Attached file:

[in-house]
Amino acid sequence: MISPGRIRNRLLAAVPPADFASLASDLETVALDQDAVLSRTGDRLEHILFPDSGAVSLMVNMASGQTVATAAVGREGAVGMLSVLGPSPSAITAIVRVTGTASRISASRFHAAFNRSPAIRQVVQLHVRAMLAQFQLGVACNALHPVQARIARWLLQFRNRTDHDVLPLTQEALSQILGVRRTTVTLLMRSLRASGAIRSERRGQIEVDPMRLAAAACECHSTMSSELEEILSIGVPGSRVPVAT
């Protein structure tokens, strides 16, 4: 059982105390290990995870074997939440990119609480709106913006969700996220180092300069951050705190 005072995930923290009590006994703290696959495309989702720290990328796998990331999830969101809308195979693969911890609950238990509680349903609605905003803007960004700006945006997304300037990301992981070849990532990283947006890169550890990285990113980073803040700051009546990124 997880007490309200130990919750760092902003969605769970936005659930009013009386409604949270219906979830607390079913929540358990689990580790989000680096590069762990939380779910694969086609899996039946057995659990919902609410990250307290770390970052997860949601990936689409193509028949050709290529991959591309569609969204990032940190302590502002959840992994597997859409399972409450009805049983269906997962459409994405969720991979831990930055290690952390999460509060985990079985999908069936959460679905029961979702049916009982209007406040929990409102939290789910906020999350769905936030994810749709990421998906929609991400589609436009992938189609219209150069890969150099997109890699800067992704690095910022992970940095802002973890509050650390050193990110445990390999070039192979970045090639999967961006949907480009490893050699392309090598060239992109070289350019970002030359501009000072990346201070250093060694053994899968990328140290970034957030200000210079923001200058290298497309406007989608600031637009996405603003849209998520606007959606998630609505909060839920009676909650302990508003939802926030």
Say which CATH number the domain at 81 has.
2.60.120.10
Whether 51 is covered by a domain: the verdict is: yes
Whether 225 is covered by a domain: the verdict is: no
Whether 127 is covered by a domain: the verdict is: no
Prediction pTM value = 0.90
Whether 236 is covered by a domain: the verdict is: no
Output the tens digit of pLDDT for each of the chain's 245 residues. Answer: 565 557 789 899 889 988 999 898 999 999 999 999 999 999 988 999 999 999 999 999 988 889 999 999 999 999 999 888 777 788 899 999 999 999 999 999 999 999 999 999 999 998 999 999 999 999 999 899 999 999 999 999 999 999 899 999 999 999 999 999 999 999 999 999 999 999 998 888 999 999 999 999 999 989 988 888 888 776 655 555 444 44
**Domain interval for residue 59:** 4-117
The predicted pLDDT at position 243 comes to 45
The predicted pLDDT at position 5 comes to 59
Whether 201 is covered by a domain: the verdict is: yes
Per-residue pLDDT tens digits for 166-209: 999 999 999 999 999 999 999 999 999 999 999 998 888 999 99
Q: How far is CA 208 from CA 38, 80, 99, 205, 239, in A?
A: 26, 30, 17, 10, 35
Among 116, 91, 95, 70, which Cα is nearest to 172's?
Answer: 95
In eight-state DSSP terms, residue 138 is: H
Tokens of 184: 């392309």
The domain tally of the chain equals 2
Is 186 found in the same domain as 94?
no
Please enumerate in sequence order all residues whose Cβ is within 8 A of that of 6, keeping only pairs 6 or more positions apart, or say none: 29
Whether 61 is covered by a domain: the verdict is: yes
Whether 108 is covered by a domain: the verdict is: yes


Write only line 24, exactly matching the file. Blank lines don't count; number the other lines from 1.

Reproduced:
Is 186 found in the same domain as 94?